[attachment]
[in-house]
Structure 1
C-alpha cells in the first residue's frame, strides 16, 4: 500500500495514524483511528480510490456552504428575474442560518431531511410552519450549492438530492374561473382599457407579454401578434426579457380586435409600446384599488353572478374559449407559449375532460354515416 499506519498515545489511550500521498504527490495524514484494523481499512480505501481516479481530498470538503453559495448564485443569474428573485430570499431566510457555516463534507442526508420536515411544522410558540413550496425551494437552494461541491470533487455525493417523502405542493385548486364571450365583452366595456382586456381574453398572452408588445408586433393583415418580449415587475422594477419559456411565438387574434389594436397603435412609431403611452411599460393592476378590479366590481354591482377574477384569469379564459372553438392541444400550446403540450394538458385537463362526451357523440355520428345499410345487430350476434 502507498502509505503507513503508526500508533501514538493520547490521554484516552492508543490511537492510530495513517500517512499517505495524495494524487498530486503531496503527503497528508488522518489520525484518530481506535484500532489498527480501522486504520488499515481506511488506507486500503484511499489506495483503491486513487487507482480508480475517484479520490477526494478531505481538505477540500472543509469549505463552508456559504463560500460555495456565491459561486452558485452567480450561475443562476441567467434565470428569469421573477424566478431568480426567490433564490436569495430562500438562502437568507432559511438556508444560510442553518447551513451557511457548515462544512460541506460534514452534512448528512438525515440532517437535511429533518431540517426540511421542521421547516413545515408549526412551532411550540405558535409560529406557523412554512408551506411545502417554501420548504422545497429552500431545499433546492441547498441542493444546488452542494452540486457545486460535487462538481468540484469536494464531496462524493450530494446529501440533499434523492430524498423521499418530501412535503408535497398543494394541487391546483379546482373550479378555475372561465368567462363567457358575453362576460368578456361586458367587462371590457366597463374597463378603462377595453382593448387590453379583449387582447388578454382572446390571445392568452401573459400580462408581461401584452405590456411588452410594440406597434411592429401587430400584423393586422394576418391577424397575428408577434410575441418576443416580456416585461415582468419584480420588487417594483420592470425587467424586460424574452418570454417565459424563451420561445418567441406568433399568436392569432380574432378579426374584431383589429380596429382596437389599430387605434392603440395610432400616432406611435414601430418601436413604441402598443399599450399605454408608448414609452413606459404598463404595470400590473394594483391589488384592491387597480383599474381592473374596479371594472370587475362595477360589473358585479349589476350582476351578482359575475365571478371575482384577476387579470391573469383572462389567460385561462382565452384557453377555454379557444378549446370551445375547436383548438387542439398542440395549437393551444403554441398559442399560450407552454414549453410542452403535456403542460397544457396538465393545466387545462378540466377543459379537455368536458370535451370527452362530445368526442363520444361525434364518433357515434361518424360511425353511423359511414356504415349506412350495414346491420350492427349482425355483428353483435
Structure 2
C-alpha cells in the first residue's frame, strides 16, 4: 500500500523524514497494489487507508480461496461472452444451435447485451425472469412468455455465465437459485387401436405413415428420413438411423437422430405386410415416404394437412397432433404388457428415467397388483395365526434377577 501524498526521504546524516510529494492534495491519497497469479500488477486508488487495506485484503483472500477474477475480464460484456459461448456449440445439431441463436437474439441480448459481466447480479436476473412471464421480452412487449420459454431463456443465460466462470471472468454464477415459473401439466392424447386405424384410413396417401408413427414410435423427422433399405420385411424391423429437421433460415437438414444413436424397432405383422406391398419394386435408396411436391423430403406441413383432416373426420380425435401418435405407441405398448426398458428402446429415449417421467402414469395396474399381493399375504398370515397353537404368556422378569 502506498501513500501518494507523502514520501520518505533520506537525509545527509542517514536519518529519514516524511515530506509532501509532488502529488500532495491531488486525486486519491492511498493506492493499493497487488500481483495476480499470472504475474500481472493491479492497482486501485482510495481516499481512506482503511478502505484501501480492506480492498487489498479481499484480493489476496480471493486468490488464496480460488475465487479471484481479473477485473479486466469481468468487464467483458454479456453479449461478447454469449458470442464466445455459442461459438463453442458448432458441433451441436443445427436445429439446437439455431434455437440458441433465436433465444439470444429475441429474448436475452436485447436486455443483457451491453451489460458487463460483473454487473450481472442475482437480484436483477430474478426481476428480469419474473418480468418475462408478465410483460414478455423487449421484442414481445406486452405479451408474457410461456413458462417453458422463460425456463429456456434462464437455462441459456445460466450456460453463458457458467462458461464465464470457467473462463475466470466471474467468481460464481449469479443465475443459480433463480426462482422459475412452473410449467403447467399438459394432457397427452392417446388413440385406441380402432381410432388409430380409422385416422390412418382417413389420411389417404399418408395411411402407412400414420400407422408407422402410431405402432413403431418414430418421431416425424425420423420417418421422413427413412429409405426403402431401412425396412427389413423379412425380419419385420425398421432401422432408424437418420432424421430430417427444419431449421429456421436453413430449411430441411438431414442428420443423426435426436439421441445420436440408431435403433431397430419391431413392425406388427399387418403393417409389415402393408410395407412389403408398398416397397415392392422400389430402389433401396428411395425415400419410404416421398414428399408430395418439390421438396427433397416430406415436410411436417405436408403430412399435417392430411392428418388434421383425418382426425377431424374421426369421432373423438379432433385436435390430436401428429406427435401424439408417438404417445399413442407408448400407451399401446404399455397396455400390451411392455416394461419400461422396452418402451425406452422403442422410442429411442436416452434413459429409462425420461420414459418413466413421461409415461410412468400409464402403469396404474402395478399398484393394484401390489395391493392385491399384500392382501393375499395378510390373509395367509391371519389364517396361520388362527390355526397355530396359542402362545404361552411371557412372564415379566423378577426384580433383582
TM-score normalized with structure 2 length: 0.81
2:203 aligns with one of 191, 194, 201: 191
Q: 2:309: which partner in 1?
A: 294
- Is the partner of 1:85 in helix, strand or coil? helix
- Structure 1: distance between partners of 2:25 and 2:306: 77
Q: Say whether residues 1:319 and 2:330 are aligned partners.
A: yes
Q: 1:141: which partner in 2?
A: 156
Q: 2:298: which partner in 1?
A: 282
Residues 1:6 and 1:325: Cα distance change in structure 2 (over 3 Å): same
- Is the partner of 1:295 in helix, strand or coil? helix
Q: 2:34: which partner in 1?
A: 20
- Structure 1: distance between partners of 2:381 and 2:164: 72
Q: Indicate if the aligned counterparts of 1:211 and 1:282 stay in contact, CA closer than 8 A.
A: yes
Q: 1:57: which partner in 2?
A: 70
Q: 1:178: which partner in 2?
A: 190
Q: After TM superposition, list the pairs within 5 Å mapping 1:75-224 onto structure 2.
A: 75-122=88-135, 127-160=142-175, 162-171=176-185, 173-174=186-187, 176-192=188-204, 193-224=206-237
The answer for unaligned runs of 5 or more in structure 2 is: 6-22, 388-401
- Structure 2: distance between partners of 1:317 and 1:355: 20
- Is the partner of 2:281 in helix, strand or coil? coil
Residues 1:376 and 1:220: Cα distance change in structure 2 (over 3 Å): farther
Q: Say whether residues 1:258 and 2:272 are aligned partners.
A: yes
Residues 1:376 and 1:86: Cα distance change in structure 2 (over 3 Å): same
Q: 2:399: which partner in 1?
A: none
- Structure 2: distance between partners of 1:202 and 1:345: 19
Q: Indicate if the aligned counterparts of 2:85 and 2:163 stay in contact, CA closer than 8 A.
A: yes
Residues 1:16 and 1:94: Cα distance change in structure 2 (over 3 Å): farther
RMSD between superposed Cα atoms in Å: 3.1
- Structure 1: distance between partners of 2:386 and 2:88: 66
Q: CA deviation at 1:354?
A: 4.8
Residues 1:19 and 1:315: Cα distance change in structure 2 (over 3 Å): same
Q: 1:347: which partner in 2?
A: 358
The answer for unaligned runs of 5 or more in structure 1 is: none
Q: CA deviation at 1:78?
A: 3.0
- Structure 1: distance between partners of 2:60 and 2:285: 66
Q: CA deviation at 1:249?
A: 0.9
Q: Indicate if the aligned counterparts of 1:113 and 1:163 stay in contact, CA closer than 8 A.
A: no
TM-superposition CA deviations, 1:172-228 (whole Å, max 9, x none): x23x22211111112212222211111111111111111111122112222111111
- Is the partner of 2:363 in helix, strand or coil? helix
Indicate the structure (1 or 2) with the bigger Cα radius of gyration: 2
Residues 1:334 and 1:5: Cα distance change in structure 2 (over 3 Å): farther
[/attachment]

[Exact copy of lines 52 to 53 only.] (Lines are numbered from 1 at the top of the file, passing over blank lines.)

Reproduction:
Q: CA deviation at 1:78?
A: 3.0